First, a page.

A lead is defined as a person that has completed action or goal therefore expressing interest in your product or service. The cost will depend on the quality of leads and varies so much between industries. You can find the industry benchmarks online to see whether you’re performing above or below average for your sector.
Cost per acquisition
When running a campaign, an effective way to measure whether your content is actually converting customers is to look at the cost per acquisition (CPA). CPA is calculated by taking your total advertising spend and dividing it by the number of acquisitions generated.
When creating your campaign ad, it’s important to make it high quality. Users must be engaged enough to click through to your landing page and complete the desired action. You want to generate as many conversions as possible within your campaign spend.
The conversion rate will tell you the percentage of people visiting your website that complete a goal. A conversion can range from a user downloading your ebook to subscribing to your email newsletter; it doesn’t always have to be completing a sale. Ideally, you want a high conversion rate which shows that your content has been effective in getting users to engage.
If you have a low conversion rate, you should revisit your campaign strategy to determine why users are failing to convert on your website. Here you should implement conversion rate optimisation tactics to improve your engagement.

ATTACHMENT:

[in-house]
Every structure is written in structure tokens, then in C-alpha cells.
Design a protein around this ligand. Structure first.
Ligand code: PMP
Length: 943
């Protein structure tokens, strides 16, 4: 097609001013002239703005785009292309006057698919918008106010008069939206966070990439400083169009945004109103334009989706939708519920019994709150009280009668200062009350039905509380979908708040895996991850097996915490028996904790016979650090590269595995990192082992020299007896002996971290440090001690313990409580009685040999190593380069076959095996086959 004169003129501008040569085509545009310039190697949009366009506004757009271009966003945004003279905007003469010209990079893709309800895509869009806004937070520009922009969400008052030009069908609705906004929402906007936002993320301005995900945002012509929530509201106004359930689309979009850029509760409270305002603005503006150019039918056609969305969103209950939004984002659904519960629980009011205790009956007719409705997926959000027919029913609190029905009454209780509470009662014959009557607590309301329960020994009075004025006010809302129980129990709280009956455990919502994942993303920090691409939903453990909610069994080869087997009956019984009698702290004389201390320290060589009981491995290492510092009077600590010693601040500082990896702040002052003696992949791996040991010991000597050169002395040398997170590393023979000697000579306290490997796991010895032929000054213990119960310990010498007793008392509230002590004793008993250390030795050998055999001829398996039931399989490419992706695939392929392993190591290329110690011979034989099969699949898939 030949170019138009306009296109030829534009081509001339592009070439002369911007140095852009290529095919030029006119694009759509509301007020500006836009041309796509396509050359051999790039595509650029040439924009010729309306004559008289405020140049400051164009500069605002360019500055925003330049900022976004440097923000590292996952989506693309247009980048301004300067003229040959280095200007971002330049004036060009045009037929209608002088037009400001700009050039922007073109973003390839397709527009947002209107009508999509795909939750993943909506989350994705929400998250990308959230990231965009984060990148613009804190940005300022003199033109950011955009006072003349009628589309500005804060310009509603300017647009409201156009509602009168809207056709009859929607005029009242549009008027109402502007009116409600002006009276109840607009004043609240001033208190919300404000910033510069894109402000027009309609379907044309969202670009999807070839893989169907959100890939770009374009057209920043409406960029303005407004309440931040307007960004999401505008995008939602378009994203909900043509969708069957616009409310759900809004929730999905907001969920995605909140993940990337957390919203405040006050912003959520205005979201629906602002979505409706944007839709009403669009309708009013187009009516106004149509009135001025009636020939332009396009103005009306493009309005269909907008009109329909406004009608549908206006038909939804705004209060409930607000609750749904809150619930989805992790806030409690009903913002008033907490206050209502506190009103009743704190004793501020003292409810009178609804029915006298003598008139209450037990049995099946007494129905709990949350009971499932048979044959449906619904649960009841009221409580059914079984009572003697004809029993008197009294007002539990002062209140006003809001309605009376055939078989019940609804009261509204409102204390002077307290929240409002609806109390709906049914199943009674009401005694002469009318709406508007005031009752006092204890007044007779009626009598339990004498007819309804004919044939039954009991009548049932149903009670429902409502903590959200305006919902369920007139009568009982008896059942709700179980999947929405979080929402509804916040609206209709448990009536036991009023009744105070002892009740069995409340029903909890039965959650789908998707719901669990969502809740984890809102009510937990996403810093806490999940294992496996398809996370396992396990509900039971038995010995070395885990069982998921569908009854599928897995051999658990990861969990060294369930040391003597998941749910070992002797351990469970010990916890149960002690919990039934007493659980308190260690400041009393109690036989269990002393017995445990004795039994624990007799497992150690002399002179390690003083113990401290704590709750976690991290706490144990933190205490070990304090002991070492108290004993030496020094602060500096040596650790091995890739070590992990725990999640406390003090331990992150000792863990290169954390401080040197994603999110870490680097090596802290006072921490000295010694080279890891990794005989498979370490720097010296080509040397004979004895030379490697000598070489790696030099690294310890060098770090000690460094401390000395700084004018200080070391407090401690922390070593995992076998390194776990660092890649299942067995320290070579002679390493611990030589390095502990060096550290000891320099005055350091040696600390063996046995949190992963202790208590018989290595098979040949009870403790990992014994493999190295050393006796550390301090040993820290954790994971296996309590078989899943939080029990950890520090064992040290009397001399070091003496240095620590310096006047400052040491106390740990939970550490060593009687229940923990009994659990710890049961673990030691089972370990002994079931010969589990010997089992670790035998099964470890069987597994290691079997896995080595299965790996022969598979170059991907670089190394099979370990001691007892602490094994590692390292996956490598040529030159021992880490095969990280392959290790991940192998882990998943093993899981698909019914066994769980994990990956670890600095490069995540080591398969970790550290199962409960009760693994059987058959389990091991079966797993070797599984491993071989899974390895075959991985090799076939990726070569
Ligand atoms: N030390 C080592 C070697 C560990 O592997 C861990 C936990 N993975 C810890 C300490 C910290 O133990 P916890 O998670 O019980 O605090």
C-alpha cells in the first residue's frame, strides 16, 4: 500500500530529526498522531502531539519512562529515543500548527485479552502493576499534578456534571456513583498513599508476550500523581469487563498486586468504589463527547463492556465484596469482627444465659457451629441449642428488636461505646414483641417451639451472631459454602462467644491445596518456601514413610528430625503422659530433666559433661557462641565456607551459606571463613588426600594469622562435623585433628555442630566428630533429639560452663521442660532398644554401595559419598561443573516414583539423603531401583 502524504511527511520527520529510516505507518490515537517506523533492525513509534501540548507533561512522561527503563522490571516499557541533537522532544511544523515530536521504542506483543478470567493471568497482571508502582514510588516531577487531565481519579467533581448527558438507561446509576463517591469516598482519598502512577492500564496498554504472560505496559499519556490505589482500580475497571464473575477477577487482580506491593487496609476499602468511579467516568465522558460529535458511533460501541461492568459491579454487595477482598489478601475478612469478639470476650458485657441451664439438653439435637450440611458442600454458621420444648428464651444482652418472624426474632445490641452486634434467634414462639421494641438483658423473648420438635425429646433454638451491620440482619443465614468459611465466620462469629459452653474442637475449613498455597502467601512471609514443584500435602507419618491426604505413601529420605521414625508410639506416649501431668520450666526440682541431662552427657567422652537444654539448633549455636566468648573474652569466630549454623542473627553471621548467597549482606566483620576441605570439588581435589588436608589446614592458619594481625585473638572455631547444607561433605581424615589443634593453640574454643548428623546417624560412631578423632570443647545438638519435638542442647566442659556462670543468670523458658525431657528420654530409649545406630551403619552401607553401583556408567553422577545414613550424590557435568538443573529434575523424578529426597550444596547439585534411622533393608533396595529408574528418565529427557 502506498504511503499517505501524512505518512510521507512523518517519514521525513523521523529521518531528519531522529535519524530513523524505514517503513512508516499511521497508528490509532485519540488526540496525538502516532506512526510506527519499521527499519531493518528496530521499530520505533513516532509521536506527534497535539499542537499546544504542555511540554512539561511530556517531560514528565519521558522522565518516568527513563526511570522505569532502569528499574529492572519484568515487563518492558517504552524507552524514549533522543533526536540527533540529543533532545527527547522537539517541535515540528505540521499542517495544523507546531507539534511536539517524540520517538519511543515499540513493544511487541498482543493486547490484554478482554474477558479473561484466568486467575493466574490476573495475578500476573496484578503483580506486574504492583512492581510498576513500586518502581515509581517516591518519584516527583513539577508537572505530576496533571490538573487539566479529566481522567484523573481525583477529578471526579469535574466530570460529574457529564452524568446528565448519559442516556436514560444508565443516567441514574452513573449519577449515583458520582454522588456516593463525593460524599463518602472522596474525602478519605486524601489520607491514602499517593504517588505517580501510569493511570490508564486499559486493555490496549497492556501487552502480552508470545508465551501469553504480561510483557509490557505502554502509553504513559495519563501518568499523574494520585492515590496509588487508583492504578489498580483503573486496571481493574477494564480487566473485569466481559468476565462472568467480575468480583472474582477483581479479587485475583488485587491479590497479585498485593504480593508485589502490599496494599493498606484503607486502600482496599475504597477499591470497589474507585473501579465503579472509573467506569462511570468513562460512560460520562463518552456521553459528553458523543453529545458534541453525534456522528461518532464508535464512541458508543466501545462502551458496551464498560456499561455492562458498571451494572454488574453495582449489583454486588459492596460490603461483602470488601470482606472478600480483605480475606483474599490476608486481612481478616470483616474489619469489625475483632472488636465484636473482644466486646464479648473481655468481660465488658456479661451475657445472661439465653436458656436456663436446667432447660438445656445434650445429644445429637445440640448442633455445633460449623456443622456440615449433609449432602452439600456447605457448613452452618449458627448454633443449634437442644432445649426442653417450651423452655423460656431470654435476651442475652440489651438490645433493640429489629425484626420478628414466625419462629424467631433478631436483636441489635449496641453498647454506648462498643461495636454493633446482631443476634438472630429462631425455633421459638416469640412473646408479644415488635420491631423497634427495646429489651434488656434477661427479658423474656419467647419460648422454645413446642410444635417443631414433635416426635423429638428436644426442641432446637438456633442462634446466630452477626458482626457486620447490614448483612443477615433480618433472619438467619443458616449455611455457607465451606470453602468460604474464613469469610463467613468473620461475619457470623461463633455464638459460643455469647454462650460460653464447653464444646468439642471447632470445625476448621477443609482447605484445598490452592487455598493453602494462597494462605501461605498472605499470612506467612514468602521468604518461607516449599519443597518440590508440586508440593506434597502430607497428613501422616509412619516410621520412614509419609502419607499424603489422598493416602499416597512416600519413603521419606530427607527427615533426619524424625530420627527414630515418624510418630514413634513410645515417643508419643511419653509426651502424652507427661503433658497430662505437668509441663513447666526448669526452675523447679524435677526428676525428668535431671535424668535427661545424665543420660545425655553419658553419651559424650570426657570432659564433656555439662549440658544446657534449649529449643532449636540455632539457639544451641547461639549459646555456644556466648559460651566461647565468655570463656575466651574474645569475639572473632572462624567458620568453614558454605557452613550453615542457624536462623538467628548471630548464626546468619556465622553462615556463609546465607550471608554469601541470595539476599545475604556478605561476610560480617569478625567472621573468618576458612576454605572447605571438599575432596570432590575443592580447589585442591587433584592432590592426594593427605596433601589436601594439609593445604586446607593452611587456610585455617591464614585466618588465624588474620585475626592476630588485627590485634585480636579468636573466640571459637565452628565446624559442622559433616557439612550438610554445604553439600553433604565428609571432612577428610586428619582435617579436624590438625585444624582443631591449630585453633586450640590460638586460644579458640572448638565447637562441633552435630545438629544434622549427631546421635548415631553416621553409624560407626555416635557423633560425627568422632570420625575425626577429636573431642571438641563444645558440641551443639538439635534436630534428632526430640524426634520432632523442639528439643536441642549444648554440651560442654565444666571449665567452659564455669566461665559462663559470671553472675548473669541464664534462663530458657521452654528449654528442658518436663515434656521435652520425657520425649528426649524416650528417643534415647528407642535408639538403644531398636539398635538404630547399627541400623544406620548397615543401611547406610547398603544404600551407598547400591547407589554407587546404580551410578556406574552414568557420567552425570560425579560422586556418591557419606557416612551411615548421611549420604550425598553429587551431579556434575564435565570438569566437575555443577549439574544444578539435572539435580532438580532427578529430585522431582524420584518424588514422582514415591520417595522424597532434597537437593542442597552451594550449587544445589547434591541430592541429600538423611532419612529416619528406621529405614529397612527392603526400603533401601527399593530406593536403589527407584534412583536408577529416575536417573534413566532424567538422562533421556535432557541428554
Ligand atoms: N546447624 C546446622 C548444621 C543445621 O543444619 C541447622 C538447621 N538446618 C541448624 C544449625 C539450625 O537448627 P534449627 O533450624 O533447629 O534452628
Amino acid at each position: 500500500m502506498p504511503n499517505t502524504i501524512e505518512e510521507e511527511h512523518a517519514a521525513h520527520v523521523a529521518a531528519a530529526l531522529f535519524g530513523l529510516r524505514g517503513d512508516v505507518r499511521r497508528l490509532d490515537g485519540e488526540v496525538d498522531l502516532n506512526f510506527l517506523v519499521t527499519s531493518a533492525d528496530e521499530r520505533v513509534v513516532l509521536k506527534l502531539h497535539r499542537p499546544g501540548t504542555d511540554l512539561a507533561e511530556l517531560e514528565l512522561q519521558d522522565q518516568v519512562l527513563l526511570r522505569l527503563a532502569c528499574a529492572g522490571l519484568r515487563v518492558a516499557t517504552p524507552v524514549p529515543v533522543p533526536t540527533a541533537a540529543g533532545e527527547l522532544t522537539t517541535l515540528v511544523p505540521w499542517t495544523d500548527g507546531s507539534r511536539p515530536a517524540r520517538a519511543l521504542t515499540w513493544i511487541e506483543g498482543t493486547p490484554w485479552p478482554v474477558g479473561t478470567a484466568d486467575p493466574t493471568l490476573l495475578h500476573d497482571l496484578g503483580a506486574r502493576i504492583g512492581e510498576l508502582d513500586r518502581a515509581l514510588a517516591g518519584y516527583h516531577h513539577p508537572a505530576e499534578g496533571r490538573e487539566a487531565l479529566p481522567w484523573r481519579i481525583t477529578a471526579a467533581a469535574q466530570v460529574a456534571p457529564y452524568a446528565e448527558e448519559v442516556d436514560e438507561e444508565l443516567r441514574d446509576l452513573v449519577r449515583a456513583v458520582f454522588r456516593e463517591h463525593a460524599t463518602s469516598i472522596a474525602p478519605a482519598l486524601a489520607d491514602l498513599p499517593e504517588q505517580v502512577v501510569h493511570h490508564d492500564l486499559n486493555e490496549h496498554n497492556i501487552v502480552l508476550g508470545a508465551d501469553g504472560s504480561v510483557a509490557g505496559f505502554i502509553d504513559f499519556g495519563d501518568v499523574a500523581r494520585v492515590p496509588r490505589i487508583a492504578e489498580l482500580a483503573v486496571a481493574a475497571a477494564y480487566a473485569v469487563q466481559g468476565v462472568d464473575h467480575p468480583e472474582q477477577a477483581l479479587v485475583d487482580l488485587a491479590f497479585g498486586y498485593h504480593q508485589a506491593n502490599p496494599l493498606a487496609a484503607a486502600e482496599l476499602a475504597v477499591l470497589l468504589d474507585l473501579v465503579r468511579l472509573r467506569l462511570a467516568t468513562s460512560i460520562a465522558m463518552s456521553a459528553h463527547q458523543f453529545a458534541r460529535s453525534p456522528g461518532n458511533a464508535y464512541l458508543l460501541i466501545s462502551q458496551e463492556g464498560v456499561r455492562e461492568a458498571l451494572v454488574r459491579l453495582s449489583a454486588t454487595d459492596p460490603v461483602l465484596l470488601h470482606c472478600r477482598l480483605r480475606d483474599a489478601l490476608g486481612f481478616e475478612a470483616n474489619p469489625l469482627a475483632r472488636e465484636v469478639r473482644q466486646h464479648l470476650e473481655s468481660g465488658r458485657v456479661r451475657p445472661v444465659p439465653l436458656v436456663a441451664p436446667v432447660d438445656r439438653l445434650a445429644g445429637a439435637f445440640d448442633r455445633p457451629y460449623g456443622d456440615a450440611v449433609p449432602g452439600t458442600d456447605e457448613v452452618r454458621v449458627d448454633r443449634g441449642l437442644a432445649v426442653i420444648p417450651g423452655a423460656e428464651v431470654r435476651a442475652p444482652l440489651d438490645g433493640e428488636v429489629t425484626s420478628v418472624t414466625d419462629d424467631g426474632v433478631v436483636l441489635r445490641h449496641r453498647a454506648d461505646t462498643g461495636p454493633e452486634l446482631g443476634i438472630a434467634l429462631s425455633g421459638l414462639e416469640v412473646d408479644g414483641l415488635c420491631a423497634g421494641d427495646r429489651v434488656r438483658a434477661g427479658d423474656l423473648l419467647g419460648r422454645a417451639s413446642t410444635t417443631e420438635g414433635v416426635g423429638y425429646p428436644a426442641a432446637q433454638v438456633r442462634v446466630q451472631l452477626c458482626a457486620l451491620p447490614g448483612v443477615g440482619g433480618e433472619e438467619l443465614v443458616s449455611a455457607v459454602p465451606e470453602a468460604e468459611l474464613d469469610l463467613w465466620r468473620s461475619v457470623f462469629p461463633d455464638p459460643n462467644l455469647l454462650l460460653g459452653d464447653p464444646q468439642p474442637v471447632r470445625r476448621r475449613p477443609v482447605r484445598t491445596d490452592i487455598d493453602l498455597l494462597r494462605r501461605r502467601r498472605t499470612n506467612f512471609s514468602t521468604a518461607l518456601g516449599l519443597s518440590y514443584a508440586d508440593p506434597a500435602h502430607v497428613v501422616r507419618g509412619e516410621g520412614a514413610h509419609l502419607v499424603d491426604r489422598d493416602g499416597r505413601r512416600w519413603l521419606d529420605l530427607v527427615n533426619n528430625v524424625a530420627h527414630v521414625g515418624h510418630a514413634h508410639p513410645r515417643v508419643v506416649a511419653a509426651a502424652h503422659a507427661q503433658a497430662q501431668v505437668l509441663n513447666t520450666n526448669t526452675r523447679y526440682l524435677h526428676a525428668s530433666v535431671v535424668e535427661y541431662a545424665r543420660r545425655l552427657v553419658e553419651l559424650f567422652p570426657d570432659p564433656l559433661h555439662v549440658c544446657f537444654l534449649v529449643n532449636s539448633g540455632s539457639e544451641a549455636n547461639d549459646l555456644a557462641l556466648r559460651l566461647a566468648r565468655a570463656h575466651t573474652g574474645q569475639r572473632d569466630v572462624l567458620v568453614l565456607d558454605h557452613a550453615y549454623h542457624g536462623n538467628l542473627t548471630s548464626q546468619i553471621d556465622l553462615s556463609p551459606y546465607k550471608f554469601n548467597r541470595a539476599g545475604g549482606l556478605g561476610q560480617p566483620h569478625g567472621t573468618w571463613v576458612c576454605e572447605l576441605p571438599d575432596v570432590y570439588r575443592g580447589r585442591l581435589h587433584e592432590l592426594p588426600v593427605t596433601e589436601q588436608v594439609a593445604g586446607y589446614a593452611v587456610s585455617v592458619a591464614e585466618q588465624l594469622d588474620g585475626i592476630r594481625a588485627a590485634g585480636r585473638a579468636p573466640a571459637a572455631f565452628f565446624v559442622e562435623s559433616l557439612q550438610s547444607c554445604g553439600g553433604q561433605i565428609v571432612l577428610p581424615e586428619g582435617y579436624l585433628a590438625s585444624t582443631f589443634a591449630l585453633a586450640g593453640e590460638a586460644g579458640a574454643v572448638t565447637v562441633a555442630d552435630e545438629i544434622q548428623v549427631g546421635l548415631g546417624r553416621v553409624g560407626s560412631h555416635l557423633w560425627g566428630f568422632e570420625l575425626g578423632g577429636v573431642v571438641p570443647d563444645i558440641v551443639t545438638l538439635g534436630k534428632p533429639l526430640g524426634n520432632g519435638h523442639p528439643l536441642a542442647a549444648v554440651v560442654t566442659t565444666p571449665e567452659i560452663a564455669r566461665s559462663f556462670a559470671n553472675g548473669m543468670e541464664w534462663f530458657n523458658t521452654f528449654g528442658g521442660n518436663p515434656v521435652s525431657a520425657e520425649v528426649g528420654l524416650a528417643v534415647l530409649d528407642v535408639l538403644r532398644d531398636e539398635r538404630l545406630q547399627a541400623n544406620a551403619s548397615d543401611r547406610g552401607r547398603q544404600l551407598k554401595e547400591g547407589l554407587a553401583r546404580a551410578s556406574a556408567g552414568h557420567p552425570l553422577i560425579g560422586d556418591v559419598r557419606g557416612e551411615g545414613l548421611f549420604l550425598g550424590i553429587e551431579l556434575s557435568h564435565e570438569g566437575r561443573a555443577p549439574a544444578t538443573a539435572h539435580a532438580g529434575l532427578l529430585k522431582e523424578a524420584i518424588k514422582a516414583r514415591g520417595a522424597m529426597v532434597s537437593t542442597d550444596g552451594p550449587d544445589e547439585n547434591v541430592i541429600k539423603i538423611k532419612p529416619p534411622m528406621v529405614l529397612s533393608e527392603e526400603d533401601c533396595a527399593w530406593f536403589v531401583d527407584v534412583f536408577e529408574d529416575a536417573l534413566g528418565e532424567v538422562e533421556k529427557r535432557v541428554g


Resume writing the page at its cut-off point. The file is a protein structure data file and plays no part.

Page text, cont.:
Customer retention rate
Customer retention is your ability to retain a customer over time. It’s commonly calculated as a percentage of your customer base that has been retained over a time period. Customer retention rate is determined by the following calculation: Customer Retention Rate = ((Customers at End of Period – Customers Acquired During Period) / Customers at Start of Period)) x 100.
Your customer retention rate indicates the quality of the customer experience your business provides. A high retention rate is preferable as it shows that you have low customer churn. Your customers stay with your business so they must be satisfied with the service you provide. If you have a low customer retention rate, you should revisit your customer experience to determine why customers are turning away from your business.
Net Promoter Score
A Net Promoter Score (NPS) measures whether your customers are likely to recommend your brand to someone else. You can learn your NPS by asking your customers to complete a feedback form or survey. Each question on your form or survey should generate a response on a rating scale. For example, ‘On a scale of 1 to 10, how likely are you to recommend this product to a friend?’.
Learn how to calculate your Net Promoter Score from your survey responses. Referrals are one of the greatest marketing techniques that require little effort and cost from your business. Customers that are advocates for your brand will want to promote it to their friends, family and followers.
These growth metrics are just some of the measurements you can put in place. The growth metrics you should track are typically related to user acquisition, conversions, retention and sales. They help you understand your performance in relation to your business goals, whether you’re on track to achieve them and what improvements need to be made to move you closer to your goal.